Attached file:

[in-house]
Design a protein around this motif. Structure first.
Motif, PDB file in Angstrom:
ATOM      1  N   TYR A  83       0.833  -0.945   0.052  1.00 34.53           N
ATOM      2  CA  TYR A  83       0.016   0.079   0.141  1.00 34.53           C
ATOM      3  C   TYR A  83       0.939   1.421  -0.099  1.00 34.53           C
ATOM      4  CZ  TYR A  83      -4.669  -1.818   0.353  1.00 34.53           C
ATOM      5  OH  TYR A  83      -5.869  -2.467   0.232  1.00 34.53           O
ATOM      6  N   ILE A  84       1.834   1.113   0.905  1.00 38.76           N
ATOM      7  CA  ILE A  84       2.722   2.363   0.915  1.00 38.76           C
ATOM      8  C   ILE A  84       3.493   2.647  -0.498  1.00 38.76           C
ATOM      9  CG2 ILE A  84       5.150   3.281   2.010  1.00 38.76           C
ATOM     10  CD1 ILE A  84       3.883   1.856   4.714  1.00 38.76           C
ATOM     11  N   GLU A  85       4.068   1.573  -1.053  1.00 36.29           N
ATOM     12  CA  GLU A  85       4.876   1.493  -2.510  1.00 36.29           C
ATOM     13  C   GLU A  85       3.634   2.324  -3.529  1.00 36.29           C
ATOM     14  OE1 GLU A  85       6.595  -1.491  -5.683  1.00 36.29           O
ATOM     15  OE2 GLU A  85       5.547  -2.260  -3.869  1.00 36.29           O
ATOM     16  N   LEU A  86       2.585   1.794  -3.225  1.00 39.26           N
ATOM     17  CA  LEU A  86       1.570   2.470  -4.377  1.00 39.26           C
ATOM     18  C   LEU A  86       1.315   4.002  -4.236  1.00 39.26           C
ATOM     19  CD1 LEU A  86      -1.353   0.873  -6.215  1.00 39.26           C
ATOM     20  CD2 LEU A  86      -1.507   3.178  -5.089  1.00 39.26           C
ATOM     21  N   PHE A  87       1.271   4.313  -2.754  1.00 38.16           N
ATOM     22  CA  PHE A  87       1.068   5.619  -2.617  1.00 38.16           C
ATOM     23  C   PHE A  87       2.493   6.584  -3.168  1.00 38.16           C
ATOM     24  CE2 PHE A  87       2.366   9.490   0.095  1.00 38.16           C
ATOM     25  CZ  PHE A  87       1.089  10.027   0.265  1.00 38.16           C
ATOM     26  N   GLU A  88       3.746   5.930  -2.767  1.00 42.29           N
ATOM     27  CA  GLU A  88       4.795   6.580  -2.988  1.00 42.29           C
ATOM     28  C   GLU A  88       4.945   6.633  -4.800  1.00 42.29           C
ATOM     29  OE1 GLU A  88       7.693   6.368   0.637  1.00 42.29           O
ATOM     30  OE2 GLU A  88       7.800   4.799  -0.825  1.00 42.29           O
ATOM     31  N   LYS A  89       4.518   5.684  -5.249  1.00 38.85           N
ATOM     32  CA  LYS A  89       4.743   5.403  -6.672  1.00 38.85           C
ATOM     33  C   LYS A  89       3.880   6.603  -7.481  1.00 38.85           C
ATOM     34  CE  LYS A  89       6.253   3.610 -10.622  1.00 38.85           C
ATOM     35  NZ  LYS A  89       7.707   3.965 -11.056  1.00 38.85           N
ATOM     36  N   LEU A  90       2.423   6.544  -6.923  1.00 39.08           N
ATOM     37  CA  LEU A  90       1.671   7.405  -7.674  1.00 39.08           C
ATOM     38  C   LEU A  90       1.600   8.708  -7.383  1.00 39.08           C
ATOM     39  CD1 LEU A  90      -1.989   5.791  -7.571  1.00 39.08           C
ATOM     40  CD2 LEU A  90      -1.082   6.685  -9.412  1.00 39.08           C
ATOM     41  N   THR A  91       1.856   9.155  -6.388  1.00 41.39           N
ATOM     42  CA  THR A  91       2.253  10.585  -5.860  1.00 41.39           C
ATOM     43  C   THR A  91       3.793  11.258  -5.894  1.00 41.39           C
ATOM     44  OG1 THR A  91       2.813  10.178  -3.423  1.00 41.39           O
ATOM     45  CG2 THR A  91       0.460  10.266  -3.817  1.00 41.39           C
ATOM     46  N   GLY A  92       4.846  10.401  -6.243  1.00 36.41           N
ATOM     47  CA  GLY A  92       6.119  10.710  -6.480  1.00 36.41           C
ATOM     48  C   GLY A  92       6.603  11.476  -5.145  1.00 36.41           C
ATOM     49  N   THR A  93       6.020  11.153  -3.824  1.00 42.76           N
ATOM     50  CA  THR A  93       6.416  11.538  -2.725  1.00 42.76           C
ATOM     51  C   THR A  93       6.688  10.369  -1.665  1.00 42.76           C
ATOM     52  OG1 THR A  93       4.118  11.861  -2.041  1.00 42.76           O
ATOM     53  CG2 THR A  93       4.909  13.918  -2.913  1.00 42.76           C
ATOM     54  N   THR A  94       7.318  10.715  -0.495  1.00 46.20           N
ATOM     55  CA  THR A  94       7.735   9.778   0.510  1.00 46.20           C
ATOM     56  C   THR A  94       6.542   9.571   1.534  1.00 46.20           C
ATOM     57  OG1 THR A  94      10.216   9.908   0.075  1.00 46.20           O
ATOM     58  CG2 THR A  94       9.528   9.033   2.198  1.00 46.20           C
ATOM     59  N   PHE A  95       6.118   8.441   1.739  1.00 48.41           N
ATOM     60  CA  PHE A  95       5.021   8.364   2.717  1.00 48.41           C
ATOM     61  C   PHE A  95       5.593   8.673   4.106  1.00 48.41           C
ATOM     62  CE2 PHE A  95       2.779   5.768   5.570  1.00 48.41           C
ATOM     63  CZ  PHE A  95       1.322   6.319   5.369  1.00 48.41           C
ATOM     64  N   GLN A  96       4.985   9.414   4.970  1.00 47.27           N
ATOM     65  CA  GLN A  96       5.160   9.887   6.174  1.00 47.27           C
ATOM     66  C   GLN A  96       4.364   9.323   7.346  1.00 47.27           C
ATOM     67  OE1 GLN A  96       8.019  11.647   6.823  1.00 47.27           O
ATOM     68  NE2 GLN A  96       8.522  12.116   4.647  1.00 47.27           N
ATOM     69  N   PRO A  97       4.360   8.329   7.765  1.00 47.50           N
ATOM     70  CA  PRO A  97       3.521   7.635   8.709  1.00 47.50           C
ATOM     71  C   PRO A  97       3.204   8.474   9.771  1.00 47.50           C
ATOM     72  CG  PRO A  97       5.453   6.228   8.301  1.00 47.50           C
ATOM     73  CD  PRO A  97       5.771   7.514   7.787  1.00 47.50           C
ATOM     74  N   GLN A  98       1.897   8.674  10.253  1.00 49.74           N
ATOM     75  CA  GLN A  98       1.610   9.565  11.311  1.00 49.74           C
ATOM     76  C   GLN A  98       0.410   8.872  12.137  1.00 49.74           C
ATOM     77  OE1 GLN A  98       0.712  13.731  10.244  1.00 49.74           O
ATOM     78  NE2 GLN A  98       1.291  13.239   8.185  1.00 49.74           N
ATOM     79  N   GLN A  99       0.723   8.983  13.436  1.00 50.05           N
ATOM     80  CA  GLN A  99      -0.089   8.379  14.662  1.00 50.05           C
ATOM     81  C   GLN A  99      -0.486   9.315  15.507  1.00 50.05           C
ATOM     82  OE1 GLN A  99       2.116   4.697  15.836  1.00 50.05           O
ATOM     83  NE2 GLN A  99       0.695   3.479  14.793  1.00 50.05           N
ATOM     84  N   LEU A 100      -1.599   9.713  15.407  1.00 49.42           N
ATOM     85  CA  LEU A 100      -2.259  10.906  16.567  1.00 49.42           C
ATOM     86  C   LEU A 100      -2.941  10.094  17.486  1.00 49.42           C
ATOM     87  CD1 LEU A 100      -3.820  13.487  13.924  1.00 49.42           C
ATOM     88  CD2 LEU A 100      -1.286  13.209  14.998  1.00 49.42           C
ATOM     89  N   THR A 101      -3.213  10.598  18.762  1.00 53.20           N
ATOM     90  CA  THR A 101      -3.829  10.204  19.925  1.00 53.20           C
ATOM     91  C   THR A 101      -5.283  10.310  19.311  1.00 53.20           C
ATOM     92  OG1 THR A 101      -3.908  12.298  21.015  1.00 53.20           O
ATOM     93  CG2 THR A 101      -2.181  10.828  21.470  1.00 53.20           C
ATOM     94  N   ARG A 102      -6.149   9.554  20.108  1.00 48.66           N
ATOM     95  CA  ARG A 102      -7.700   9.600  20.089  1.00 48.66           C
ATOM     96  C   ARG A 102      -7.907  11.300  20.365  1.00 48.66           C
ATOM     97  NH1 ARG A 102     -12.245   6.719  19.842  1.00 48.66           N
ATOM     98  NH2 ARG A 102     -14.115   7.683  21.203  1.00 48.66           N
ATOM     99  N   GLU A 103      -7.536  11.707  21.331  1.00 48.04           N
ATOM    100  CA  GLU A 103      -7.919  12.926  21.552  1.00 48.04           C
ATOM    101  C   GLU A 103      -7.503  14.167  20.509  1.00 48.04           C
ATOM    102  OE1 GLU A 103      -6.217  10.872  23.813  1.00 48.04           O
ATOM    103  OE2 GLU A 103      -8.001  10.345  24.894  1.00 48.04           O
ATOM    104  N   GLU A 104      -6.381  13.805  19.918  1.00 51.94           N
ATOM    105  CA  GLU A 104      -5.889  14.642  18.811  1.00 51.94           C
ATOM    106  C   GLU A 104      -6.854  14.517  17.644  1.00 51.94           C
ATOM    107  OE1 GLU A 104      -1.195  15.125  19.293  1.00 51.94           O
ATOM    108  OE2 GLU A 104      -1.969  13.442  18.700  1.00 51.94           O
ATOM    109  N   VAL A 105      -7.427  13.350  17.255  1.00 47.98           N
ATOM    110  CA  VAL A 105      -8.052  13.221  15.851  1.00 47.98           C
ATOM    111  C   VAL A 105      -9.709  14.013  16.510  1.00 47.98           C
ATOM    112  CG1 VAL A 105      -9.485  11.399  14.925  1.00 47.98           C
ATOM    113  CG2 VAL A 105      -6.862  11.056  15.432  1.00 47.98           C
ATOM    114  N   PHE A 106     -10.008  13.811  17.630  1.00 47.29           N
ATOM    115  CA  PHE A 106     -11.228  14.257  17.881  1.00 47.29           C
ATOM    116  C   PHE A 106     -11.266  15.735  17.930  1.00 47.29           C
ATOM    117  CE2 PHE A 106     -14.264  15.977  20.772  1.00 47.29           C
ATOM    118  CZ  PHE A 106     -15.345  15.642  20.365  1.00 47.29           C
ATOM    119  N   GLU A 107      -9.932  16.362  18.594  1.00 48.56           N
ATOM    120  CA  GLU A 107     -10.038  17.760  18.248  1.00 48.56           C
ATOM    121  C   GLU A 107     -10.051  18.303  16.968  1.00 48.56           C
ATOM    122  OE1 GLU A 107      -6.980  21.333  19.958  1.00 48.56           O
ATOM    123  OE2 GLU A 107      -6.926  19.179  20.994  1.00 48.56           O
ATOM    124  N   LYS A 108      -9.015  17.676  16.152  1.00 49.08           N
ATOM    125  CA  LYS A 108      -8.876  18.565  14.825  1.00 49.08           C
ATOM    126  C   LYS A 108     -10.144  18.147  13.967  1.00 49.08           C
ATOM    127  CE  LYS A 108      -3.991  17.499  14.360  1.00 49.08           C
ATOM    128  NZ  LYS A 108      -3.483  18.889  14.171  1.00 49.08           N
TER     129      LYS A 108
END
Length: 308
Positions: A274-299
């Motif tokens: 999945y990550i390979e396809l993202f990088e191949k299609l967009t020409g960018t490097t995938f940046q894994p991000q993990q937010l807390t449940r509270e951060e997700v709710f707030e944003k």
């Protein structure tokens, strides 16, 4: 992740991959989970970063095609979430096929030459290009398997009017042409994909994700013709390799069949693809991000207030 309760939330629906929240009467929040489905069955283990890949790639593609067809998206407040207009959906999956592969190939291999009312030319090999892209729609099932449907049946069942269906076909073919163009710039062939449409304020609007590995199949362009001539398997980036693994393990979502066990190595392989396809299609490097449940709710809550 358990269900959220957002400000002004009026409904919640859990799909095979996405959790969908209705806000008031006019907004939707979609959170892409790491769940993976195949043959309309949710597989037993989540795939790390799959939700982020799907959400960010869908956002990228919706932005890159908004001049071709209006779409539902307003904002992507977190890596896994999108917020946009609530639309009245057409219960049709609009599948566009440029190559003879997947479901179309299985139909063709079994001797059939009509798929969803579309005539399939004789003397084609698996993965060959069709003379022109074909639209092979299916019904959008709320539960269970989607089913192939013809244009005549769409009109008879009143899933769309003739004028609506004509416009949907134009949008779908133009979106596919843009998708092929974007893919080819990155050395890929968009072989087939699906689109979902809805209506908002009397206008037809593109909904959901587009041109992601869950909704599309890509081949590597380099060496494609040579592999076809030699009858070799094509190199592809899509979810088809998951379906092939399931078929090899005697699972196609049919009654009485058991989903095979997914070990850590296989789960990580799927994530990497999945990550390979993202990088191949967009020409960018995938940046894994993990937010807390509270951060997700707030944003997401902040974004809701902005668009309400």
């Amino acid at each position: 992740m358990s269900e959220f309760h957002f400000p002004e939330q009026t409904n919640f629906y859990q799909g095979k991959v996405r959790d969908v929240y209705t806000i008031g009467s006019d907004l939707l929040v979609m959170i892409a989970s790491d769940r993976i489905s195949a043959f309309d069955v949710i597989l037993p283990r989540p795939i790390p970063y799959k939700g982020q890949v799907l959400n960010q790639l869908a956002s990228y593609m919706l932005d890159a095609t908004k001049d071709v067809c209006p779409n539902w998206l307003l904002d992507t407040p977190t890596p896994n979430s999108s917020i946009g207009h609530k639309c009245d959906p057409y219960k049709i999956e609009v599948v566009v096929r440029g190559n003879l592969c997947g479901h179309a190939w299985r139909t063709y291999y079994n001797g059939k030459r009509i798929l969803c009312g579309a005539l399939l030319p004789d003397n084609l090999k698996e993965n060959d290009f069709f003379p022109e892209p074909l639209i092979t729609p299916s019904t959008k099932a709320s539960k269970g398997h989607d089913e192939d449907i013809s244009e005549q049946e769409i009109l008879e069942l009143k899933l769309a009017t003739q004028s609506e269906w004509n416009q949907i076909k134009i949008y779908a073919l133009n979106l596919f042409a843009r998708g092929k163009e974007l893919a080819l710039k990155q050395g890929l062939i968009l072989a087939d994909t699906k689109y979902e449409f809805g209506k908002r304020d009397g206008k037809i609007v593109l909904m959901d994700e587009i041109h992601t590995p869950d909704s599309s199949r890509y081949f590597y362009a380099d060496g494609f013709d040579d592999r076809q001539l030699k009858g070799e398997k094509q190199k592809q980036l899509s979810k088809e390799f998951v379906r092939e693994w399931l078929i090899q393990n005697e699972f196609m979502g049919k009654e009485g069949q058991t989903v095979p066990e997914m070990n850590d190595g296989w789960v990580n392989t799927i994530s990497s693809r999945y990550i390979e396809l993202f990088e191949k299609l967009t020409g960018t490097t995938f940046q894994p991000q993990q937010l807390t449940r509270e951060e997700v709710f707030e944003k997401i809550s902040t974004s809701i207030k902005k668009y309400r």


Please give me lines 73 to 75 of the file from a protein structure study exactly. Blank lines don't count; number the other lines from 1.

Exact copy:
ATOM     70  CA  PRO A  97       3.521   7.635   8.709  1.00 47.50           C
ATOM     71  C   PRO A  97       3.204   8.474   9.771  1.00 47.50           C
ATOM     72  CG  PRO A  97       5.453   6.228   8.301  1.00 47.50           C